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Proposal of the European Ombudsman for a solution in case 2067/2020/MIG on the European Border and Coast Guard Agency’s (Frontex) handling of multiple requests for public access to documents made by a single applicant

Strasbourg, 20/04/2021

Subject: Proposal for a solution in case 2067/2020/MIG on the European Border and Coast Guard Agency’s (Frontex) handling of multiple requests for public access to documents made by a single applicant (your reference: ICO/MIJU/761a/2021)

Dear Mr X,

Thank you very much for your reply dated 23 March 2021.

You explain that, since September 2020, the complainant has made eight requests for public access to Frontex. Frontex has taken a decision on two of the complainant’s access requests. Concerning the remaining six requests[1] that were made in close temporal proximity, Frontex considered that their simultaneous processing would entail an unreasonable administrative burden. It therefore offered the complainant, as a “fair solution”, that his access requests be put in a queue and processed consecutively.

To date, it is not clear how many documents the complainant’s access requests concern, how large each document is, and how much work it would entail to assess whether they can be released. It is also not clear what Frontex’s capacities were at any given time. We can, at this stage, therefore not take a conclusive view on whether it was warranted to invoke Article 6(3) of Regulation 1049/2001. However, it appears that the complainant’s access requests concern a significant number of documents. Given that they were made in close temporal proximity, it therefore seems reasonable to consider them as one access request concerning a very large number of documents[2].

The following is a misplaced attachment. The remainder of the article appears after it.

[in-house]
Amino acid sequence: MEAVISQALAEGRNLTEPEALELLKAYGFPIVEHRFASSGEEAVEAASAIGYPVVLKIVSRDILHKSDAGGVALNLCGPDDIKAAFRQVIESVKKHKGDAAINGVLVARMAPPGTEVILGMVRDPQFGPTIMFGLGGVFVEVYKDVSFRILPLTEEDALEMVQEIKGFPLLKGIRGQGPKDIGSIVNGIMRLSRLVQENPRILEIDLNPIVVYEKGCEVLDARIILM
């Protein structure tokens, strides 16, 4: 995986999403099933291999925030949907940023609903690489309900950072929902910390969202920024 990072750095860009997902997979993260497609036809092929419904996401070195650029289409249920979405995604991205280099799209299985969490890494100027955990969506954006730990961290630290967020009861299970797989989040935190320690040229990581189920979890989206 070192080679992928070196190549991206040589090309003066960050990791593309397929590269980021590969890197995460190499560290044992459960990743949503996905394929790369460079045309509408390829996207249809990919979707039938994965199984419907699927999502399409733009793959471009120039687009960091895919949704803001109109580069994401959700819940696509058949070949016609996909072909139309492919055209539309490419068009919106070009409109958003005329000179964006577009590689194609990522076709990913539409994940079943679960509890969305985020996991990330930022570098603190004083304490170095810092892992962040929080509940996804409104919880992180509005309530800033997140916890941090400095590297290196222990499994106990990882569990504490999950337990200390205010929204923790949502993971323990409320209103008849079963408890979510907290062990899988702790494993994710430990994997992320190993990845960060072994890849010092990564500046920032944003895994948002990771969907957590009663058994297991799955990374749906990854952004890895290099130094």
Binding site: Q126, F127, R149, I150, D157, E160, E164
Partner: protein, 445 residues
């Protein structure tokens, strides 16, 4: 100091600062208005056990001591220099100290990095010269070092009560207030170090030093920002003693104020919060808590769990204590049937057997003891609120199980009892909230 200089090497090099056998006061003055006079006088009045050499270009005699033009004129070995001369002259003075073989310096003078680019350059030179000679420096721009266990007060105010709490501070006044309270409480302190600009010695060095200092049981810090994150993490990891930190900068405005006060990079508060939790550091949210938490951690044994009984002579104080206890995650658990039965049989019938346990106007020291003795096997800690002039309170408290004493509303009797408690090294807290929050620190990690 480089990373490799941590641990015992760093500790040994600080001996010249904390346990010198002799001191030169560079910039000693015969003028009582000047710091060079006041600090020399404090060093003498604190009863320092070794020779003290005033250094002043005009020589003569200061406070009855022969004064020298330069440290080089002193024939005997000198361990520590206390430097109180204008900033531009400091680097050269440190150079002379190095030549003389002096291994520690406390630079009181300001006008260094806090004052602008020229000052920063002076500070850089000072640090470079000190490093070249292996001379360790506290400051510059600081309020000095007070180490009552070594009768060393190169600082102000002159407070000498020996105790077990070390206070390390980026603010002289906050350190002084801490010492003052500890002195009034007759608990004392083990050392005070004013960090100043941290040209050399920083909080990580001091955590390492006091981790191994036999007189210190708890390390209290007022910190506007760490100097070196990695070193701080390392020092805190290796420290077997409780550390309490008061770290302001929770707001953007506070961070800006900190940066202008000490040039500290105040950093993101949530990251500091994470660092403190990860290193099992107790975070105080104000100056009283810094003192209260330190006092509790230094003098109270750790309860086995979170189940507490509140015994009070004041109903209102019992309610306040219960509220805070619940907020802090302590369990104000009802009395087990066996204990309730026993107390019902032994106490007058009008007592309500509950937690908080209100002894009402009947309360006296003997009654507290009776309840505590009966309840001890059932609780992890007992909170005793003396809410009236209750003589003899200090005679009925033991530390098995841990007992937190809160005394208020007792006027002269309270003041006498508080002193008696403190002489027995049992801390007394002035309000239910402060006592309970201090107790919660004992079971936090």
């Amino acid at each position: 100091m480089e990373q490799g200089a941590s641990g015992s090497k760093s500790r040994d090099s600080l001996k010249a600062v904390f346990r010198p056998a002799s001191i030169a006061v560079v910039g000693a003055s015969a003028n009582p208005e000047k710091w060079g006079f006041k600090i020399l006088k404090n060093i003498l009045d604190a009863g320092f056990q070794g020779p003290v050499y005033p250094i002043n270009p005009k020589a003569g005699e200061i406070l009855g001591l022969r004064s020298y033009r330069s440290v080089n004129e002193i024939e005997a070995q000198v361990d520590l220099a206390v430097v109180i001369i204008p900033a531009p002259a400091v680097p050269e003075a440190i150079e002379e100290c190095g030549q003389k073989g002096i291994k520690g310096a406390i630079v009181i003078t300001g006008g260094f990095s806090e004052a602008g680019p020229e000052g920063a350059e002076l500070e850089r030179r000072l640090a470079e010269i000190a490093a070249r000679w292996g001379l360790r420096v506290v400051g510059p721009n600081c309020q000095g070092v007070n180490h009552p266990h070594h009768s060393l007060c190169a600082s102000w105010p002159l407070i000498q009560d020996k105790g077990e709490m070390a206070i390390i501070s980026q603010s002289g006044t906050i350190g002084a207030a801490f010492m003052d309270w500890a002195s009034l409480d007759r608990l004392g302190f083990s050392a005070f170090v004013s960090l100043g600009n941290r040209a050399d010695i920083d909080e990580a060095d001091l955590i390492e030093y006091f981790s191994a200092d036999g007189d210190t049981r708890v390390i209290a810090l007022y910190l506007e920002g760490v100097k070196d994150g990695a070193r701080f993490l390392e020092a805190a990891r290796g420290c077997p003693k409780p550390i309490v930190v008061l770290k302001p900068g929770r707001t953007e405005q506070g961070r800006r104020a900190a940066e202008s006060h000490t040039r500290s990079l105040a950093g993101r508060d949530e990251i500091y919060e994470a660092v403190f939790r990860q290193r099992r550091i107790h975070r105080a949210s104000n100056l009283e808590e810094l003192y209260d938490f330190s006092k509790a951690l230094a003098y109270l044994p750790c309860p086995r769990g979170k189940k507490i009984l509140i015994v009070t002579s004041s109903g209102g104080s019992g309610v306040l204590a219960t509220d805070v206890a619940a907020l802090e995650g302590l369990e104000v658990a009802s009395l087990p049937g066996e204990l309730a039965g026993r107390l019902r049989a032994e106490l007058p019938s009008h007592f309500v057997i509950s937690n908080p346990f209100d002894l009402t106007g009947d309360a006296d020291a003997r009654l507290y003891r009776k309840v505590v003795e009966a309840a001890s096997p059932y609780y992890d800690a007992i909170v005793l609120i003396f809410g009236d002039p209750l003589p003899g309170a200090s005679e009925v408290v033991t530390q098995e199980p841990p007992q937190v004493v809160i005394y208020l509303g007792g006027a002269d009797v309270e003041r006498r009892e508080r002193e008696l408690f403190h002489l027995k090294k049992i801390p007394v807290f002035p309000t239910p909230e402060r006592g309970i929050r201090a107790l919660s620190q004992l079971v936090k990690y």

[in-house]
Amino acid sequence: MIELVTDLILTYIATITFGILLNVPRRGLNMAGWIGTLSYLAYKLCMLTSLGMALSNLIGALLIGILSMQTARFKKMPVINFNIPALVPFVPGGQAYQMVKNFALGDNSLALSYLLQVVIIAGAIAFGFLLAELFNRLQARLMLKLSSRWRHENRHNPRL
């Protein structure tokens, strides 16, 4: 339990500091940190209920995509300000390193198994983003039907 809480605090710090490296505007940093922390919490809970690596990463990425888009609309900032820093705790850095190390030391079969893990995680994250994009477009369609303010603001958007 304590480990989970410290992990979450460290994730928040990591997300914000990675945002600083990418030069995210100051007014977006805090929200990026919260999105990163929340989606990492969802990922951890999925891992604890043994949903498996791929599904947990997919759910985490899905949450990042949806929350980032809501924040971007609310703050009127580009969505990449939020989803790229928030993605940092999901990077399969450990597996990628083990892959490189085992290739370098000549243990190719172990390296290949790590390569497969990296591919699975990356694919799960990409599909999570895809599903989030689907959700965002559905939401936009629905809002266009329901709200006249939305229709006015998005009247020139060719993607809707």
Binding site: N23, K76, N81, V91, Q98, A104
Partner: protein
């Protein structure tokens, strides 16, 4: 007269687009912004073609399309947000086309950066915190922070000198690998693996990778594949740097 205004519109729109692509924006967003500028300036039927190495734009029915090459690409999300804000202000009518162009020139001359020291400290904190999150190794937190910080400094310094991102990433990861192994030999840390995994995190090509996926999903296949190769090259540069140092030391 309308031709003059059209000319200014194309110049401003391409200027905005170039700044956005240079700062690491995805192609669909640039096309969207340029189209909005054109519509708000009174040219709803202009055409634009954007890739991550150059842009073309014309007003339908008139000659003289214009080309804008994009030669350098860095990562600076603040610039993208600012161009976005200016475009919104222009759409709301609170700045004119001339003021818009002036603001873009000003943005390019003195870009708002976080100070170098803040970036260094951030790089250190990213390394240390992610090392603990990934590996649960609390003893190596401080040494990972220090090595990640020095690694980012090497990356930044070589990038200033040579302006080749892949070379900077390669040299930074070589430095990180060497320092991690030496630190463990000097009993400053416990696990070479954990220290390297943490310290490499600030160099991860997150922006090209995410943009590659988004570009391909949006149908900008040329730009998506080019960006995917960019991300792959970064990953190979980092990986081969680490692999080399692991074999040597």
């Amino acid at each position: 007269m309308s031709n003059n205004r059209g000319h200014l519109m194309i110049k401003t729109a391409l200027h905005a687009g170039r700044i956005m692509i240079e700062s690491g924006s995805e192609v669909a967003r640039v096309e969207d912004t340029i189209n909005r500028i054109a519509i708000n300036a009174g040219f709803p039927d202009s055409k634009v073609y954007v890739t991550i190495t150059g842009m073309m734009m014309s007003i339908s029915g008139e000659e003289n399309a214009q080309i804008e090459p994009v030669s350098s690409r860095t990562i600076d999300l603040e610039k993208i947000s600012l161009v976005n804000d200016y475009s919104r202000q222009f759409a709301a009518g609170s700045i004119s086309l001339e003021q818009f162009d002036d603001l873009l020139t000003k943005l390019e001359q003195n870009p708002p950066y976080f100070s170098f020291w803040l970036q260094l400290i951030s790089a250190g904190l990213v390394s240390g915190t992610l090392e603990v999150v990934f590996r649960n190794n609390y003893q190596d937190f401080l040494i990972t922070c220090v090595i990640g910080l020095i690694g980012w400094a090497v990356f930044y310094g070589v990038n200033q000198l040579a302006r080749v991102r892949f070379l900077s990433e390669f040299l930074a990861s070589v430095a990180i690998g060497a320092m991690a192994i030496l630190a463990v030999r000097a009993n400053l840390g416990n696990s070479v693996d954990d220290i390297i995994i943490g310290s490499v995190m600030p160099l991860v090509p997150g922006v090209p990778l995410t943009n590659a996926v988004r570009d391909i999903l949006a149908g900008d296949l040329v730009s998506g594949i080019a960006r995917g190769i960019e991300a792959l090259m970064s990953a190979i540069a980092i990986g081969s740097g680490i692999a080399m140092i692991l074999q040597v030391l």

We therefore welcome that Frontex, as it considered that it could not deal with the complainant’s access request within the prescribed time limits, attempted to engage with the complainant to find a fair solution. However, it appears that the communication between Frontex and the complainant has broken down and that Frontex therefore put all six access requests on hold.

Regulation 1049/2001 requires EU institutions and agencies to deal with requests for public access promptly. We are thus writing to seek a rapid solution to this case. In particular, we propose that Frontex should immediately recommence processing the complainant’s six access requests. In the course of this inquiry, the complainant has indicated that the most urgent one of his requests is access request PAD-2020-236 concerning “all the Frontex “Serious Incident Reports” that contain the word “Libya” in the title or the text (...) since 1st January 2020.” We therefore propose that Frontex should process that request first.

In addition, Frontex should, as soon as possible, provide the complainant with a list of all documents at issue in his six access requests, detailing the title, date, number of pages and reference of each document. This will enable the complainant to determine the priority of each request/document.

Frontex should then deal with all access requests as quickly as possible and in the order the complainant prefers. To that end, Frontex should continuously reassess its workload and its capacities, speeding up the processing of the complainant’s access requests wherever possible.

We would be grateful to receive your reply, informing us of any action Frontex has taken and/or is going to take in relation to this proposal for a solution, including a list of the documents to which the complainant is seeking access, by 5 May 2021. Once we have received your reply, we will send a copy of it to the complainant together with a copy of the proposal. You are, of course, free to share with our Office any additional information that you deem relevant to this inquiry.

Yours sincerely,

Rosita Hickey
Director of Inquiries


[1] References; PAD-2020-233, PAD-2020-234, PAD-2020-235, PAD-2020-236, PAD-2020-237, PAD-2020-247.

[2] In accordance with Article 6(3) of Regulation 1049/2001.